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Can knowledge be retained in informal organisational networks?

Abualqumboz, M and Reid, I and Papalexi, M and Bamford, D (2017) Can knowledge be retained in informal organisational networks? In: Proceedings of the 18th European Conference on Knowledge Management (ECKM 2017), 07 September 2017 - 08 September 2017, Barcelona, Spain.

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Abstract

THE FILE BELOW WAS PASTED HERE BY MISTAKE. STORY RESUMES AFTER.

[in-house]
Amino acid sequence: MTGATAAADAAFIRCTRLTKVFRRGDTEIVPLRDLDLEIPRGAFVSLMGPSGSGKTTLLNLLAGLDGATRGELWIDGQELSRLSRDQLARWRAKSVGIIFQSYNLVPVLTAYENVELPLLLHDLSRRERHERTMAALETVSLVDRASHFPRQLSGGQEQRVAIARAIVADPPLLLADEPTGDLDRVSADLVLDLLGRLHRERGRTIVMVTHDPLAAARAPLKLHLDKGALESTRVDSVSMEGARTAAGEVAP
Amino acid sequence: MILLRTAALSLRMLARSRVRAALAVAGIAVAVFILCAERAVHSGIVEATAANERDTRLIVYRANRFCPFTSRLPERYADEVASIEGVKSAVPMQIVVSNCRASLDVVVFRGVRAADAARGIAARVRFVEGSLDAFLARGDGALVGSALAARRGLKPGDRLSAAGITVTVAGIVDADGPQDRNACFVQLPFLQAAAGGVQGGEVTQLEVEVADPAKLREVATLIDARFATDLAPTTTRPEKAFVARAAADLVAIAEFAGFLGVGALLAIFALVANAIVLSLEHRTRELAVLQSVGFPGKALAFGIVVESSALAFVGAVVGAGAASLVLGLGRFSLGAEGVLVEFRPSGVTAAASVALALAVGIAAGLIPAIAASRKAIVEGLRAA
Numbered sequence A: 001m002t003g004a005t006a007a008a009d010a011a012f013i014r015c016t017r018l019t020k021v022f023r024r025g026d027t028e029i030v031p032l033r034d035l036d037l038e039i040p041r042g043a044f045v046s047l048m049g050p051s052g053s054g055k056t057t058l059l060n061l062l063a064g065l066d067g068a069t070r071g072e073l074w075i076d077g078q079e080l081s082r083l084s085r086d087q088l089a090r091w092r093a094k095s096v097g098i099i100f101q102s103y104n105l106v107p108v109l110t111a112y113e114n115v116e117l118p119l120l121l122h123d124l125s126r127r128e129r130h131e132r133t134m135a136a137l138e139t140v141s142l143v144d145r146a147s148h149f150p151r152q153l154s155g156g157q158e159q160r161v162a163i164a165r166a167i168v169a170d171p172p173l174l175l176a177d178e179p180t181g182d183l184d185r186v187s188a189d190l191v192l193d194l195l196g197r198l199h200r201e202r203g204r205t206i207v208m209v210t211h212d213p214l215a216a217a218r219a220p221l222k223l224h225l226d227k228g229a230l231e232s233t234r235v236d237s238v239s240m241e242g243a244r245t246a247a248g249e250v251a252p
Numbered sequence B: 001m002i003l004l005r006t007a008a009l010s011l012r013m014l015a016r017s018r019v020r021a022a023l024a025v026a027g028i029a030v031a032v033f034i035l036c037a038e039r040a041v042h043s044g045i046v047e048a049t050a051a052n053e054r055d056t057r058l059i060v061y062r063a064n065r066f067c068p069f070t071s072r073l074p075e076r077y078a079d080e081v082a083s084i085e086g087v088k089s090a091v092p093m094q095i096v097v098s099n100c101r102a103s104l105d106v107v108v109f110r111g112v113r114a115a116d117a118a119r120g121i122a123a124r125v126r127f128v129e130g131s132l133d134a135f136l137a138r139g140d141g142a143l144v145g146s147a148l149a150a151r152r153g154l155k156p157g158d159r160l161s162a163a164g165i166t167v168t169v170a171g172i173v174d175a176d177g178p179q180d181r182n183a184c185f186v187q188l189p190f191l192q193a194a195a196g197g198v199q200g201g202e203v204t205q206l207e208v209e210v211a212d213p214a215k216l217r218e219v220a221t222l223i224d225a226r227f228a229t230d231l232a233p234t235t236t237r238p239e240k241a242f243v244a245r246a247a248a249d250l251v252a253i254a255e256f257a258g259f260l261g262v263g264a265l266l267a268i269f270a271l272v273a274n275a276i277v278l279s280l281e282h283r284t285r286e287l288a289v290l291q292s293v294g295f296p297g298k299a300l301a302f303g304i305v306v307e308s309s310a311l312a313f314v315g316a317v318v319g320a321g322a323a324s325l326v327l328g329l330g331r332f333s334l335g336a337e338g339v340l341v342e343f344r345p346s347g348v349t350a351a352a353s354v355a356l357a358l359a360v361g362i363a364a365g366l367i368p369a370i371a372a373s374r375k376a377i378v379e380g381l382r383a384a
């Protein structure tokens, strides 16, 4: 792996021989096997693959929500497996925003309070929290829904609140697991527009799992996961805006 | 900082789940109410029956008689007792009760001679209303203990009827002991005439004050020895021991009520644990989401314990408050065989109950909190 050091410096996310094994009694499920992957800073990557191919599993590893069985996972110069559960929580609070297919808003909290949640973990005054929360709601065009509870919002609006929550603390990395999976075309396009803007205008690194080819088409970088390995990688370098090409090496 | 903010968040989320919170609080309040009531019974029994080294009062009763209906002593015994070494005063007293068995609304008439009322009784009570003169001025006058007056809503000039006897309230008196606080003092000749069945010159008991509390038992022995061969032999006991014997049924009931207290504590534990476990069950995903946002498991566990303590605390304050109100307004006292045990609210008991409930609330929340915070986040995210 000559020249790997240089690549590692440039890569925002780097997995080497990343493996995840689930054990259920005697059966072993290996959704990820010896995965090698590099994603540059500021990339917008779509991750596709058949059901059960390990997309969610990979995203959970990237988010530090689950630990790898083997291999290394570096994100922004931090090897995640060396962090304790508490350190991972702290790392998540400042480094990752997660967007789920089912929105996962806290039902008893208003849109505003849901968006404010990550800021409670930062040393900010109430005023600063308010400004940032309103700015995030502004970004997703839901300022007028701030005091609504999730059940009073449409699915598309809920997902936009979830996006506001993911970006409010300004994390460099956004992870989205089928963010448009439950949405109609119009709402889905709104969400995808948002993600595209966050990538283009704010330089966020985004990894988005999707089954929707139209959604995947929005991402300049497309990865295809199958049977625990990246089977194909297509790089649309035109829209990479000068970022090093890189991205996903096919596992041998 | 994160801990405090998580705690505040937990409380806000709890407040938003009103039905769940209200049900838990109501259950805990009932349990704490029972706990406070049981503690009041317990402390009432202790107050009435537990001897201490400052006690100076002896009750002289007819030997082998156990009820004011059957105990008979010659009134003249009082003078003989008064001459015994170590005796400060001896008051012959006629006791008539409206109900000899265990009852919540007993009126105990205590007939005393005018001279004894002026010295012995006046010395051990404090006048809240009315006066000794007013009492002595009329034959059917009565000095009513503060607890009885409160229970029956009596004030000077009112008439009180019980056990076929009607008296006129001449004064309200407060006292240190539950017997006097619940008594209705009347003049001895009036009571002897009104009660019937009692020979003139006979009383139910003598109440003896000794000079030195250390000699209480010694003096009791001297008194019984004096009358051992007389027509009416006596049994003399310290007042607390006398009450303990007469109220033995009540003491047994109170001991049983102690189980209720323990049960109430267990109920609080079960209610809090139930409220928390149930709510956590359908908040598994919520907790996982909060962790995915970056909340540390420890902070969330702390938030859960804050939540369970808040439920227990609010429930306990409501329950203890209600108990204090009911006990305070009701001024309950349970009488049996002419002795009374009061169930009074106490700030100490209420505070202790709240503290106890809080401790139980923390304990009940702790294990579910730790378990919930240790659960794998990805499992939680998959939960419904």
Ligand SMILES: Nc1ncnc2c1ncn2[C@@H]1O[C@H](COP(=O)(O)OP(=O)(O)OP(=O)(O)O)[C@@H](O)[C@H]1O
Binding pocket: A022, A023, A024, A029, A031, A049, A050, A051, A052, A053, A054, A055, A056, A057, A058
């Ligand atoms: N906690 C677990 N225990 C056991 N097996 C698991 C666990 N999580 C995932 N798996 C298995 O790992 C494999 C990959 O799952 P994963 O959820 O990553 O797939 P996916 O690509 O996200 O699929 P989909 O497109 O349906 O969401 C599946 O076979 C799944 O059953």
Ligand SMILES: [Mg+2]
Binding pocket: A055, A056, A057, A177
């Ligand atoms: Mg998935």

Taking a constructivist view of knowledge where knowledge is viewed as a process of knowing, the literature on knowledge sharing assumes that knowledge can be retained through being embedded in institutional routines, structures, and systems. However, this concept is challenged in the context of informal organisational networks where membership is voluntary, temporary and organisationally unsanctioned. Such challenges have predominately focused around: 1) behavioural aspects including organisational and individual defence mechanisms to protect knowledge and opportunistic behaviours such as free-riding; or 2) social aspects including lack of mutual trust and asymmetric power relations. This paper investigates the challenges to knowledge retention in knowledge-sharing networks, reporting on data collected from case studies of four organisational networks in the UK. There is a significant amount of literature addressing such challenges on organisational level, however, less research has been done on the network level. In particular, the challenge of knowledge retention within networks. The research adopts Social Exchange Theory in order to develop the theoretical underpinning and data interpretation. The paper also presents an explanatory model to inform theorists and practitioners on how to improve knowledge retention in networks. The case study consisted of four knowledge-sharing networks, two photography networks; women entrepreneurship network; and a construction network in the North West of England. A qualitative approach was used through an ethnographic lens consisting of 18 months participant observation study that produced 28 semi-structured interviews. The study also utilised data from network archive network spanning two years from 2012-2014. This paper argues that knowledge shared in the networks analysed largely remained inside the network and that less knowledge was shared with networked organisations making the network knowledge “ontologically” separate from knowledge created in organisation. The data also revealed that the boundary spanners found it difficult to share knowledge between their formally contracted organisation and the informal network due to issues related to trust and unbalanced reciprocal exchanges. Our investigation of knowledge sharing in those networks demonstrates the difficulty in retaining knowledge on a network level due to blurring organisational boundaries and temporariness of such networks.

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